With a concern for the giver’s soul, John insisted that givers provide for all – even the lazy, the fool, and the sinner. By opening our hearts in almsgiving, we open ourselves to Christ, who is present in the least of those among us. Refusing mercy to people deemed as unworthy, givers then actually shut themselves off from the very mercy God desires for them.

There is no reward from God when there is only reward from others.

“If we are going to examine lives, we will never have mercy upon any human being; rather, hindered by this inopportune meddlesomeness, we will remain fruitless and destitute of all help ourselves.”

St. John Chrysostom, On Repentance and Almsgiving

It’s not only the poor who suffer when the rich fail to give. In judging whether or not a particular person is worthy of love and aid, the wealthy person rejects the spiritual fruit that he would have received by giving with humility.

Giving to the poor, simply to relieve our own conscience, is not real charity; it doesn’t consider the other. We attend fully to the other by observing their spiritual and holistic needs for community, purpose, respect, and dignity. Dispassionate giving from a distance, without relationship, refuses to acknowledge the whole person. It exploits the poor for the mental comfort of the rich.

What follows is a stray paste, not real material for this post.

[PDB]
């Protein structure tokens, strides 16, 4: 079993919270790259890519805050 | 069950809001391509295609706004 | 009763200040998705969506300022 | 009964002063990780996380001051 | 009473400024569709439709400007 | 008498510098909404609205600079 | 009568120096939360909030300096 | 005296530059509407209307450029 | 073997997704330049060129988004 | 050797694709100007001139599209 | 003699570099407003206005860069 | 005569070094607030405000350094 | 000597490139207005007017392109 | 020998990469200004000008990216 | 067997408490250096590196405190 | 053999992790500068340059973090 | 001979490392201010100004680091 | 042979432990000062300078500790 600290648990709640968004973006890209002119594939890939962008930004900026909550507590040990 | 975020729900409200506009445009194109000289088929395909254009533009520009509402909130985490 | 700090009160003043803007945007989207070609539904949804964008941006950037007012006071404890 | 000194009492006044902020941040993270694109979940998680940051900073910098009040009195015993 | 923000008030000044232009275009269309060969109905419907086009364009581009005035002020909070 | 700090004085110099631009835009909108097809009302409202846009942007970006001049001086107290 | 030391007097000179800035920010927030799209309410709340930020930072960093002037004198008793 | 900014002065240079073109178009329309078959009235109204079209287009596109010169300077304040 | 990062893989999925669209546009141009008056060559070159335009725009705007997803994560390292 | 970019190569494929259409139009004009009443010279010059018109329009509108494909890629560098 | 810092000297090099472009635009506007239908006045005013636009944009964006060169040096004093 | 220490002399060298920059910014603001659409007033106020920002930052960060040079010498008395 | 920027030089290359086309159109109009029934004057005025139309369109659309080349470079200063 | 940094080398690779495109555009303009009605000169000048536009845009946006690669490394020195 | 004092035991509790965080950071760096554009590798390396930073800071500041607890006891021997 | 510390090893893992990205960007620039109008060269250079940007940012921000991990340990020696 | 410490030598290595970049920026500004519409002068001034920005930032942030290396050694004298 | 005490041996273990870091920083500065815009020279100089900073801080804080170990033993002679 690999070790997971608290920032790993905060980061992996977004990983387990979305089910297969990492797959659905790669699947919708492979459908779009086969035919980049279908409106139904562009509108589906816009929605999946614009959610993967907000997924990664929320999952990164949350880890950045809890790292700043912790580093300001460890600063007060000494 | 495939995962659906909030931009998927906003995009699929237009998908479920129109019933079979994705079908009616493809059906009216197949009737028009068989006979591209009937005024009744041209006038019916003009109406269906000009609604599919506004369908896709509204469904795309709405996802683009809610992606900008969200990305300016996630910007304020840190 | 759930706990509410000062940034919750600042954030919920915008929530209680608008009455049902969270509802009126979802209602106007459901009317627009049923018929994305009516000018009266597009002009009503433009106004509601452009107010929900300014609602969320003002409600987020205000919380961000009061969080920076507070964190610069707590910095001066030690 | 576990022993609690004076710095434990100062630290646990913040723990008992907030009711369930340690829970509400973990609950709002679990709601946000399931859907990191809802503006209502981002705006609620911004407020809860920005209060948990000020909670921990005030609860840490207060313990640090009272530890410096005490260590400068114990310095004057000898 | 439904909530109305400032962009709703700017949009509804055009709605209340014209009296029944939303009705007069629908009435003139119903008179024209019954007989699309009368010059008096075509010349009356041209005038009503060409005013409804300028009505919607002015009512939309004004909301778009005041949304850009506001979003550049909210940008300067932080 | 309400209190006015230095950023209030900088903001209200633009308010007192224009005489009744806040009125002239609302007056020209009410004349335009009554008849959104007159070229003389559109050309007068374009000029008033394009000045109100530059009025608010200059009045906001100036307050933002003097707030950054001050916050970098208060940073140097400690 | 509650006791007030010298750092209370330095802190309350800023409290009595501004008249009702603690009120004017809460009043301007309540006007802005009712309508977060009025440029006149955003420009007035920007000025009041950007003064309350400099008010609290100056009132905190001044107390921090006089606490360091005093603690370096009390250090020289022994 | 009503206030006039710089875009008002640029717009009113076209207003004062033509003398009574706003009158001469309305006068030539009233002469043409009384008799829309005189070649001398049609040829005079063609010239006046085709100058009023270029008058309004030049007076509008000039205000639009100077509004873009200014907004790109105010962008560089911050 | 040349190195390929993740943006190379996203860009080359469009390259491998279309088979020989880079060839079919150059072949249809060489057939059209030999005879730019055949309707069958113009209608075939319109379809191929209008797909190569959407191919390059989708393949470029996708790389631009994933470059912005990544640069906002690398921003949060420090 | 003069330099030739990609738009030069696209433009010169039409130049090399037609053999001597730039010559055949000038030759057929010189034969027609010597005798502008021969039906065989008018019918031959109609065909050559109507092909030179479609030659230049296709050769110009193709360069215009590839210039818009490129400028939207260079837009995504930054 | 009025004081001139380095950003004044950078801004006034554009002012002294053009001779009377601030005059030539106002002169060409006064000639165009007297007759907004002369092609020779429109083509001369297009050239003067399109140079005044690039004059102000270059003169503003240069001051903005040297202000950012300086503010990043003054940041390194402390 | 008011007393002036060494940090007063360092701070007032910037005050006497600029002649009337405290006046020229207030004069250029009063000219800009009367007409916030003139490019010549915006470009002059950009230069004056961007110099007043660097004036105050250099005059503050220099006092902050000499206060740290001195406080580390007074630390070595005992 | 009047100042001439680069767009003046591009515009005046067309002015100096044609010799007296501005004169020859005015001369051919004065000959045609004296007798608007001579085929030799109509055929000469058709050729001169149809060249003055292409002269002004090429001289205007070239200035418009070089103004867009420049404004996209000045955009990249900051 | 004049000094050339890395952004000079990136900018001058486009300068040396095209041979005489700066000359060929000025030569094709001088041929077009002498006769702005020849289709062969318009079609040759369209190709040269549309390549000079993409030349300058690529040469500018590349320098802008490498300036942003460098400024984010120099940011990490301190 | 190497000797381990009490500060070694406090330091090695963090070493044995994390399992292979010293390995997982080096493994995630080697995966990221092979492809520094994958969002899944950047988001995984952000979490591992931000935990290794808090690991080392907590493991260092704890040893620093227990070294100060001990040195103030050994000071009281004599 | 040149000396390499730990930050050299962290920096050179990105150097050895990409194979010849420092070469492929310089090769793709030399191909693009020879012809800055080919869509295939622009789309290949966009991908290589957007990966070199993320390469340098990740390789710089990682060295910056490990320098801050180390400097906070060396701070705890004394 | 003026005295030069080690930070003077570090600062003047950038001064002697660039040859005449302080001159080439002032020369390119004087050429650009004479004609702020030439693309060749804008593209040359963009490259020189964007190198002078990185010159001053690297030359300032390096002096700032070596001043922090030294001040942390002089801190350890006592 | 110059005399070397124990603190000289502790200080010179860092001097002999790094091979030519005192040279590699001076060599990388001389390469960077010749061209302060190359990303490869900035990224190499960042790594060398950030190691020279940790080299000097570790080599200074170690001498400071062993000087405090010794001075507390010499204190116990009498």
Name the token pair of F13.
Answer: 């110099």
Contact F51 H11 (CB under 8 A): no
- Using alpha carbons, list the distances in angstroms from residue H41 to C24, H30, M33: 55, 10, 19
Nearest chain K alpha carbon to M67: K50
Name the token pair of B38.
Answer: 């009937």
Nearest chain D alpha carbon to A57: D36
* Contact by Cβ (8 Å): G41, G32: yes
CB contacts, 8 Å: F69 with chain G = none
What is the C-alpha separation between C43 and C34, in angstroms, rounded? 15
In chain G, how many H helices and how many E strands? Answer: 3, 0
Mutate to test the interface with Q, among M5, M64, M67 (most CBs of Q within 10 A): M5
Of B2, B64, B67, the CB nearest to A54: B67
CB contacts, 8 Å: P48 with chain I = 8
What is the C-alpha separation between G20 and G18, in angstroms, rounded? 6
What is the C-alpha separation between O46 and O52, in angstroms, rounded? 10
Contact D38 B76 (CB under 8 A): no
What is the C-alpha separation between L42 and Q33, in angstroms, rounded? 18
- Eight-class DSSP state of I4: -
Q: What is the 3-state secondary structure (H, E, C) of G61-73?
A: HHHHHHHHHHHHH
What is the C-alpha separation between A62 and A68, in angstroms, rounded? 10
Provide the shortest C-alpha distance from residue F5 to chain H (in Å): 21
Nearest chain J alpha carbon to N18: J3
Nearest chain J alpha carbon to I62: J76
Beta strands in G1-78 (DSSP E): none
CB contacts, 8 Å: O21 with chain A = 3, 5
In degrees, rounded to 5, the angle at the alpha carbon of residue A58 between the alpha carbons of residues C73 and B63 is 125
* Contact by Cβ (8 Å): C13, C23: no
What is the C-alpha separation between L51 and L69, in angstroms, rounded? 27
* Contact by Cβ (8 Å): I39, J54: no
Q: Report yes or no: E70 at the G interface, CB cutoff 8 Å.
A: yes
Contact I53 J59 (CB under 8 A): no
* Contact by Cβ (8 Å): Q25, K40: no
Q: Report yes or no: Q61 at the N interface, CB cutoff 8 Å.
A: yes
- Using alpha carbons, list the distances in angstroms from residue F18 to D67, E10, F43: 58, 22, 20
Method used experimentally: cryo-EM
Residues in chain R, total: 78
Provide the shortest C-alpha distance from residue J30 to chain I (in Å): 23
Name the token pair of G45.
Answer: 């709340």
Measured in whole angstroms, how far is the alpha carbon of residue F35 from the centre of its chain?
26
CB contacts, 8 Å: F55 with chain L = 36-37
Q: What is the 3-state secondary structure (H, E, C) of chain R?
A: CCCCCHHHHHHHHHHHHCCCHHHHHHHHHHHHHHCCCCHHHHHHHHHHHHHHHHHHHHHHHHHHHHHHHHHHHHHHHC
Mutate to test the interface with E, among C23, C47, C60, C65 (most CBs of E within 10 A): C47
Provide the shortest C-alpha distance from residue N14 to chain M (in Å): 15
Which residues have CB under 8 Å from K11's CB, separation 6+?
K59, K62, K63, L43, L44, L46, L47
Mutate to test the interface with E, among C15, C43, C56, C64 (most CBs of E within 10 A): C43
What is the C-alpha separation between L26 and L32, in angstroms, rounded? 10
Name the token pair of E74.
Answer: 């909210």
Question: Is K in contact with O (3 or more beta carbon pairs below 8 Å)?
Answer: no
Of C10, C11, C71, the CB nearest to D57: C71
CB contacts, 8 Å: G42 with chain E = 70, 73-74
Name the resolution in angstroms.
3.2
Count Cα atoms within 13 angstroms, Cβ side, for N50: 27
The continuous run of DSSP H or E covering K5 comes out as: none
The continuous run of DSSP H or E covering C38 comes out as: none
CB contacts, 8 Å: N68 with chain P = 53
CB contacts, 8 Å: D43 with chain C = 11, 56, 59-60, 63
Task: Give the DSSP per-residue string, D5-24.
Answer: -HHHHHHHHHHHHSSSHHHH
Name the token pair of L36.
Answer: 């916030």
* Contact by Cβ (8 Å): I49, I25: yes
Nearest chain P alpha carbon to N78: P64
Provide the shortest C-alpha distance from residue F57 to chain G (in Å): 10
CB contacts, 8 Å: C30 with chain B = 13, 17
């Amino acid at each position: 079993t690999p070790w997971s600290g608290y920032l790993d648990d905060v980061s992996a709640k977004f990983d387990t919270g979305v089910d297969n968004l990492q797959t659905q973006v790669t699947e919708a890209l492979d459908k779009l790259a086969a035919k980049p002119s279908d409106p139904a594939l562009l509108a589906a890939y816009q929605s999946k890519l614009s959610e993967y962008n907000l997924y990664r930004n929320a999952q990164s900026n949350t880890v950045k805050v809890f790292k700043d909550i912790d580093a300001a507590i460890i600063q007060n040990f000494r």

We need to be involved in people’s lives, and that takes a lot of blood, sweat, and tears. There are too many lost people who need Jesus, and too many Christians who are the walking wounded and need the healing touch of Jesus, for us to pay scant attention to the call of Jesus to invite the needy into our lives. 

Seeing people come into God’s great banquet, and into a joyous and vital relationship with Christ, probably takes about ten times more work than what you are thinking it does right now. Yet, this is the pathway of true blessing – to having God’s stamp of approval on our lives.

Merciful God, thank you for the abundance of life, relationships, health, comfort, and wealth you have provided to so many. Thank you that, even in times of need, despair, and brokenness, you are there. Please, put your arms around children and families in  poverty and disability so that they feel your comfort and hope. Meet their needs both physically and spiritually. And guide me so I can be your hands and feet pursuing justice for the poor and upholding the cause of the needy, in the way of Jesus Christ our Lord. Amen.

Ephesians 1:3-14 – We Are Blessed

Hallelujah by Mike Moyers